Foreign starts at the Giro d’Italia

GIRO 2016 STAGE 2 ANSA credit
A scene from stage two of the 2016 Giro in the Netherlands

Today the Giro exits the Netherlands after another successful foreign start, the third time the race has begun in the country. It was the twelfth edition of La Corsa Rosa to begin outside of the Peninsula.

In the early years the race always started in Milan, the home of the Gazzetta dello Sport – the newspaper which started the race in 1909. The only exception was in 1911, when Rome hosted the start and finish to celebrate the 50th anniversary of Italian unification. Since 1960, the start has moved around each year, occasionally outside of Italy.

So here’s a look at the past foreign starts of the Giro d’Italia, from the tentative move to San Marino, to more exotic climes like Belgium and Northern Ireland.

Massive crowds greeted the Giro in Apeldoorn

1965 – San Marino

Giro organisers didn’t stray far from Italy for the first start on foreign soil in the history of the race. In fact, calling it foreign soil is somewhat charitable, given that the peloton set off from the enclaved microstate of San Marino.

Situated near Rimini on the eastern coast of Italy, the 61km2 of San Marino doesn’t have enough roads to on which to stage an actual road stage, so the country only hosted the start of the race. 198km after starting the 48th edition of the Giro there, the peloton arrived in Perugia.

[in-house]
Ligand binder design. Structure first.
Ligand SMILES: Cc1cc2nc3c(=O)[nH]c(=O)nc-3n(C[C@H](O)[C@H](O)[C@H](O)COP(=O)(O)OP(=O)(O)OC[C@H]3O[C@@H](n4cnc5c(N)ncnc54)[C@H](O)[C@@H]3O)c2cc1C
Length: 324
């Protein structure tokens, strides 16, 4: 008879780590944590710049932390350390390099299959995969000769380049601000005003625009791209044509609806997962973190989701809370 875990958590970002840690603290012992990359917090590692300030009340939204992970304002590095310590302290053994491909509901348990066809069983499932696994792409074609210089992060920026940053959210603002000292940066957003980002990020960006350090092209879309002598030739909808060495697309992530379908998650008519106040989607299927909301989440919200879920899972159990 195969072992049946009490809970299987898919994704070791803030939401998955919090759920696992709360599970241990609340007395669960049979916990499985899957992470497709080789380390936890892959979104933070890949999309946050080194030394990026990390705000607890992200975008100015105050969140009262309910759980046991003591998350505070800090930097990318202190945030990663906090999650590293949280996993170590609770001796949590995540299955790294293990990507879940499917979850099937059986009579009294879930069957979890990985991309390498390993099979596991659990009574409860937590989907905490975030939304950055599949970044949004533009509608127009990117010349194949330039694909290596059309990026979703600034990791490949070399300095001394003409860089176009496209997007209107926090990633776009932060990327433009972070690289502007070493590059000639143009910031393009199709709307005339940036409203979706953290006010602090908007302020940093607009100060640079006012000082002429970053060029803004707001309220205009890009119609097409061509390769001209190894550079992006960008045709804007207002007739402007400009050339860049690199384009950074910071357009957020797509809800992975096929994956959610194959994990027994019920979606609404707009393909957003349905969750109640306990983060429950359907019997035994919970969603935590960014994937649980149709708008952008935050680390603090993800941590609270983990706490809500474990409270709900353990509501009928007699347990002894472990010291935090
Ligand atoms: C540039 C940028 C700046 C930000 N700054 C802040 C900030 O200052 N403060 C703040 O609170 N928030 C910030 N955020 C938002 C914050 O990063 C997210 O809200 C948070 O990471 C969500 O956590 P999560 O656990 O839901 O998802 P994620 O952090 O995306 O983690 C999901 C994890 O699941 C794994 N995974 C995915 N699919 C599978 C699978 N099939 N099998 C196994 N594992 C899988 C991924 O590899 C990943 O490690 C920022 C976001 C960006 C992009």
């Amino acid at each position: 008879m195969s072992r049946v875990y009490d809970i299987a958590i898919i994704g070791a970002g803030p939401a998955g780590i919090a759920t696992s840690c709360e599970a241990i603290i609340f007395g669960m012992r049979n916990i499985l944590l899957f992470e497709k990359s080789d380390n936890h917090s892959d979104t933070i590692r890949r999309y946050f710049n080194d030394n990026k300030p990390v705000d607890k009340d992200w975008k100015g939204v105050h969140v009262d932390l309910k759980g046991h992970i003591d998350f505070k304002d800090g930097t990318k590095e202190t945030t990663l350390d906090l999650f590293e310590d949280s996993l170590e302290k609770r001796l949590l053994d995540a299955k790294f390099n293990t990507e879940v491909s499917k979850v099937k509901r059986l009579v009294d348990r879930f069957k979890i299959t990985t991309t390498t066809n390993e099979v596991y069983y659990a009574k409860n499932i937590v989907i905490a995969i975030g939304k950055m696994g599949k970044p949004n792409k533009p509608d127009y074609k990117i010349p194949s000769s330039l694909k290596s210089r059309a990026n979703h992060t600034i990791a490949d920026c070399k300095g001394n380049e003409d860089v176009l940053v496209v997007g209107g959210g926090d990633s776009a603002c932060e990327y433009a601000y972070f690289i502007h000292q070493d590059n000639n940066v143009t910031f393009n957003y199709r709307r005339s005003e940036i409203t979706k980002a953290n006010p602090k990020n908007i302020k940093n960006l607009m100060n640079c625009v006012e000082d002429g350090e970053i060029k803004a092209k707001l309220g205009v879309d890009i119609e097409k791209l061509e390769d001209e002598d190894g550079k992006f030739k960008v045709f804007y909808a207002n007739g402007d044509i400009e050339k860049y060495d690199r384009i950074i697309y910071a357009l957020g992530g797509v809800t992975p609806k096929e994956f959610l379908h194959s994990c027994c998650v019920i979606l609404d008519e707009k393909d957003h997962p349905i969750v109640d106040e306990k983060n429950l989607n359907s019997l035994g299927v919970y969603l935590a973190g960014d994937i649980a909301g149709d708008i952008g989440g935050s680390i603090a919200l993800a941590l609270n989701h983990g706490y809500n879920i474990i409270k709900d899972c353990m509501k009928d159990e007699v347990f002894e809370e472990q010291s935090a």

Molteni’s Michele Dancelli, who would go on to win La Flèche Wallonne the following year, took the win on the hilltop finish, beating Adriano Durante and Italo Zilioli to the line.

Michele Dancelli in pink in 1965 (bikeraceinfo)
Michele Dancelli in pink in 1965 (bikeraceinfo)

1966 – Monaco

1965’s start in San Marino must have been a success as the Giro’s second foreign start came the following year. The Principality of Monaco, located in the south of France, was the destination as Giro organisers got a little more adventurous, venturing 12km away from Italian borders for the race start.

The race’s French sojourn didn’t last long though, as the peloton were soon back in Italy, on the road to the Ligurian seaside town of Diano Marina. The Colle San Bartolomeo, situated close to the finish, meant that it was no stage for sprinters though, as double mountain classification winner (1961, 1963) Vito Taccone triumphed over Bruno Mealli and Dino Zandegù.

Vito Taccone in Monaco (Alchetron)
Vito Taccone in Monaco (Alchetron)

1973 – Verviers, Belgium

After six years of keeping the race in Italy, the Giro branched out in 1973. Long-time race director Vincenzo Torriani, having learnt that the Tour de France was planning to visit Great Britain (Plymouth hosted a stage in 1974), resolved to visit each founding member state of the EEC.